Jasia (Jayne) Steinmetz, author of Eat Local: Simples Steps to Enjoy Real, Healthy & Affordable Food, is a teacher and gardener who believes that good food is vital for good health - and that local, sustainable food is good for not only ourselves but our society. She and her husband, Jeff, live in rural Wisconsin where they grow most of the produce they eat during the year and purchase directly from farmers for the rest of their meals. Jasia's passion is to educate people about the impact of their food choices and to promote a food system that is sustainable for generations.

Jasia is a founding member and current Board member of the Central Rivers Farmshed, a community group which promotes local food and supports local farmers. She is also a food and nutrition professor at University of Wisconsin-Stevens Point in the School of Health Promotion & Human Development, as well as a Registered Dietitian whose teaching career focuses on health promotion and sustainable, local food systems. Her areas of expertise include sustainable food systems, community food security and community nutrition.

Customer Reviews

4.7 out of 5 stars
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I highly recommend this book for all who eat.
Lynn M
I finished this book in a local restaurant and it gave me the motivation to ask about how much of their food is locally sourced!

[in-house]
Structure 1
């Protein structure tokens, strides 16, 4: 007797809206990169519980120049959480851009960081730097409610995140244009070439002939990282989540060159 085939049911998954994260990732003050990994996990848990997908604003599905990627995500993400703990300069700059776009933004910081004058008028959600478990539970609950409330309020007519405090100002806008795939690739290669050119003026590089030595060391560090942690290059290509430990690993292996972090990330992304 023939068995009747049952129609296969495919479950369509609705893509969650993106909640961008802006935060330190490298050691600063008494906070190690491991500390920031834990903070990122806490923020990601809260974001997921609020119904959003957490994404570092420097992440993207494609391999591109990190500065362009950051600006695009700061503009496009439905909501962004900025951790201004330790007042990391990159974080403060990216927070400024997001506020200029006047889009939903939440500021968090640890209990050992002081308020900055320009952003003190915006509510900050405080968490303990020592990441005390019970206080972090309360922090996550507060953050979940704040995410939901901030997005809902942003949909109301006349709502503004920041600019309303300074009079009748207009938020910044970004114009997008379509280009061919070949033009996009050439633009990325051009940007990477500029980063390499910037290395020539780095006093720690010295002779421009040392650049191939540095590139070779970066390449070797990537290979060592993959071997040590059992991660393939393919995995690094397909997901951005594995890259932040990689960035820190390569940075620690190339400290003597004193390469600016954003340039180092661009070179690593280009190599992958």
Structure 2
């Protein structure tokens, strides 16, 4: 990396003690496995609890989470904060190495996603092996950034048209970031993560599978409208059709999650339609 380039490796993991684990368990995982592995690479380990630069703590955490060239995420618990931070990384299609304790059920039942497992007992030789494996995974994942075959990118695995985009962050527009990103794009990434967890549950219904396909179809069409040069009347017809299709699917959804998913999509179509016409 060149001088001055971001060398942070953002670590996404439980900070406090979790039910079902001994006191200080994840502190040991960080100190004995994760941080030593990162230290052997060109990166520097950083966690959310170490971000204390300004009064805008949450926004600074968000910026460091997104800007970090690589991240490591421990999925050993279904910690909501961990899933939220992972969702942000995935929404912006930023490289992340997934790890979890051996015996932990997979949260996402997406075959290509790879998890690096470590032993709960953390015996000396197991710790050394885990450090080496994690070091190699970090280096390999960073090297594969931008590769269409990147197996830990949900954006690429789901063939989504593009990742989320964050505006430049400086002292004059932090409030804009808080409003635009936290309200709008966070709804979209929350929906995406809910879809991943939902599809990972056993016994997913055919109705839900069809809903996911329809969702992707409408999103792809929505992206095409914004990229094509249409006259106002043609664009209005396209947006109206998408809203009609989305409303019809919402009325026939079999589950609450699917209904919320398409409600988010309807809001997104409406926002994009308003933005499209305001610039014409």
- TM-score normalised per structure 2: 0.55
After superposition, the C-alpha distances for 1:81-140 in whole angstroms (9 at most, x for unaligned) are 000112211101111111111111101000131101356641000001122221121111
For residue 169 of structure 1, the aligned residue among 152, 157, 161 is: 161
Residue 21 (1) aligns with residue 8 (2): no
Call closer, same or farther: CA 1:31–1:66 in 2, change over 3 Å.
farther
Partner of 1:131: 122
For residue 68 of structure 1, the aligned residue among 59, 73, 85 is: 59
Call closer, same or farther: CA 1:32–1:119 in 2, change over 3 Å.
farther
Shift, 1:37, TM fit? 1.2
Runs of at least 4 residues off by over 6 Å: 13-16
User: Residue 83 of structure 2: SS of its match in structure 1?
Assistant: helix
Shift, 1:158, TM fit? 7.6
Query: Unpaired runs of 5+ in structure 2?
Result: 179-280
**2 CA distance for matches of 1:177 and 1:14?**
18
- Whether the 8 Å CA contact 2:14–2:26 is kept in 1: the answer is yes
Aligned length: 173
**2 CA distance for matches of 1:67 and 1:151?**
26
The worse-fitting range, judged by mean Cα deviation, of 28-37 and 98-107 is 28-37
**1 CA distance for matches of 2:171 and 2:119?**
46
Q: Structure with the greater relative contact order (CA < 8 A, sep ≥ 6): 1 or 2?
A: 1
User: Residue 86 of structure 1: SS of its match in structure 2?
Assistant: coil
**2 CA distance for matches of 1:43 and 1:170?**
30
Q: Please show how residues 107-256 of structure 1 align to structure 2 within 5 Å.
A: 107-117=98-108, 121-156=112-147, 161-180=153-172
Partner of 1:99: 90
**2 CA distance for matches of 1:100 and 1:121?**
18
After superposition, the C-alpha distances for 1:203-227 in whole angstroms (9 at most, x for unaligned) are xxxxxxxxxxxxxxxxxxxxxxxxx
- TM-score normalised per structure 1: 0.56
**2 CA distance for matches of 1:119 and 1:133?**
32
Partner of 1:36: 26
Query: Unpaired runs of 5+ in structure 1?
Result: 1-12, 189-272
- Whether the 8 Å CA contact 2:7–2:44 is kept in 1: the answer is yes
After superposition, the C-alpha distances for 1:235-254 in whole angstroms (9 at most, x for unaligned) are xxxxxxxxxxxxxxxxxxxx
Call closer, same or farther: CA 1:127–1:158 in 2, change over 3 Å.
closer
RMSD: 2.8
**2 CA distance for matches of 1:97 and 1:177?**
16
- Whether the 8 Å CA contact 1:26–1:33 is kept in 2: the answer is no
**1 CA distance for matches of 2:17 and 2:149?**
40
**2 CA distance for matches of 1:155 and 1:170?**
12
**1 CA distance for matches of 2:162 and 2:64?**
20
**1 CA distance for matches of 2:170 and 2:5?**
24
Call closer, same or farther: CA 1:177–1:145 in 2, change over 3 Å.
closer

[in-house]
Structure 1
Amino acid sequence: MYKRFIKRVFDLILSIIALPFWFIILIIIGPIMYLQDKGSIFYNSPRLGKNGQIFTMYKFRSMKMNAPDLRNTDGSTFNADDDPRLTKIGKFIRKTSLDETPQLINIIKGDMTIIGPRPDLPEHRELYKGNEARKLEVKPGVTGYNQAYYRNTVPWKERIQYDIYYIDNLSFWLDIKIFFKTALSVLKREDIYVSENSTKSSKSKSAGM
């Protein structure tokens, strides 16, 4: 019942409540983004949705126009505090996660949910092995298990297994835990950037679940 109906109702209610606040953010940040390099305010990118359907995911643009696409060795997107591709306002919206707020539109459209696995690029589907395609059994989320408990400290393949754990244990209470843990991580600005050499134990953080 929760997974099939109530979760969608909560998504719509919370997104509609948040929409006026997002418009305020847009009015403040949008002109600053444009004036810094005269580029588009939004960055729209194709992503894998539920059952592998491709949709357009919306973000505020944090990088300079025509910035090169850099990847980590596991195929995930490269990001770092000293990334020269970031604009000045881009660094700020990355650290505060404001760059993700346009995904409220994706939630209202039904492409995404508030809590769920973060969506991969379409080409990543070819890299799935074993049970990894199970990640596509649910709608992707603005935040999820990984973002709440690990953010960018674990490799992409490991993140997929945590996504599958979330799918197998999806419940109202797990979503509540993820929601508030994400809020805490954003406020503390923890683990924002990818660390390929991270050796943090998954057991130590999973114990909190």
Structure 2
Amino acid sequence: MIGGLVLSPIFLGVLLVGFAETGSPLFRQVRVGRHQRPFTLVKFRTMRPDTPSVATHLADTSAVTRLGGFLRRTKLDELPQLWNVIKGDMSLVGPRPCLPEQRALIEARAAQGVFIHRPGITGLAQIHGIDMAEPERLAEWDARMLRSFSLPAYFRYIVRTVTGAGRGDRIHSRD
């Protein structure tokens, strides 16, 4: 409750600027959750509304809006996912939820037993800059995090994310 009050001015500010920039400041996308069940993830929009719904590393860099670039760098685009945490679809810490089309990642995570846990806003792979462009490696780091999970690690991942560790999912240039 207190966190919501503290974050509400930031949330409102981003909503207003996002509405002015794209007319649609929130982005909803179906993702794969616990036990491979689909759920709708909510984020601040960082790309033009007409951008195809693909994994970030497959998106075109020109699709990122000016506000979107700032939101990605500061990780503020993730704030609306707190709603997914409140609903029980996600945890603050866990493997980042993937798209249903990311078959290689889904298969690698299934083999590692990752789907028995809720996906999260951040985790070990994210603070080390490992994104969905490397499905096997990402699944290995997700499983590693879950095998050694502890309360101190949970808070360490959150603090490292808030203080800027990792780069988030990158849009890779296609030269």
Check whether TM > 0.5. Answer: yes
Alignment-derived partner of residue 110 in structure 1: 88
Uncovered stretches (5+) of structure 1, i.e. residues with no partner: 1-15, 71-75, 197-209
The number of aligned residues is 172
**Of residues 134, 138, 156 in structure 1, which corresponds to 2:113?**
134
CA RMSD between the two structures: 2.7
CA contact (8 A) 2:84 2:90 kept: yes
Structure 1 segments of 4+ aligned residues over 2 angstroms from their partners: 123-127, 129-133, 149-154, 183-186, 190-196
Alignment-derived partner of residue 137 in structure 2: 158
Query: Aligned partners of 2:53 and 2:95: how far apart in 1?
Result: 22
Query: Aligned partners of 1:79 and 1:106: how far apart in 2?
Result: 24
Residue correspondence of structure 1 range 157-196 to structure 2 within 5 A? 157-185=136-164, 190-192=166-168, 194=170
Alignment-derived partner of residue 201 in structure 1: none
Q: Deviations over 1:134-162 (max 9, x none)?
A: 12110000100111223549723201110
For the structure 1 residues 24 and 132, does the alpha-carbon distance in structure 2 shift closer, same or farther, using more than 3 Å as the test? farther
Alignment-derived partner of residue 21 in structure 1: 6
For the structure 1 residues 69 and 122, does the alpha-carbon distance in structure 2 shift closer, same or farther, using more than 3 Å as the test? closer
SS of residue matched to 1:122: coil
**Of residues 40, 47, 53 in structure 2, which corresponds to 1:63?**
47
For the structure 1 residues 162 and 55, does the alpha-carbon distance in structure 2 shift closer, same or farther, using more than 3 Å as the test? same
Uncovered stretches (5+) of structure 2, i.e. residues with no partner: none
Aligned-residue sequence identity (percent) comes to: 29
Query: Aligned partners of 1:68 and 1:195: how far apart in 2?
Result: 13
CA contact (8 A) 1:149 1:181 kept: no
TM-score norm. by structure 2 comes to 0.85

sarahchit
She gently leads us down each of these avenues and shows us how to optimize our food acquisition process.
GENE GERUE

Most Helpful Customer Reviews

5 of 6 people found the following review helpful By sarahchit on October 3, 2011
Format: Paperback
I thought I knew a lot about eating local already, but it turns out there was tons more to learn. I think this book would appeal to those new to eating local as well as those fairly well-versed in it. I finished this book in a local restaurant and it gave me the motivation to ask about how much of their food is locally sourced! As a a result, I feel better about supporting this establishment and feel like a more educated consumer.

There are a few points that she repeats throughout the text...at first, I was confused by the repetition, but now see that they have become some of my main take-aways without having to go back to the book. For the more specific points, though, I appreciate the "Simple Steps" that follow each chapter - they summarize important points while including extra info as relevant.

In addition, I appreciated the personal tidbits of the author. I feel as though so many "how to" guides are impersonal to the point where they feel created for a non-being. Reading her personal notes made me feel as though she's come through this journey as well.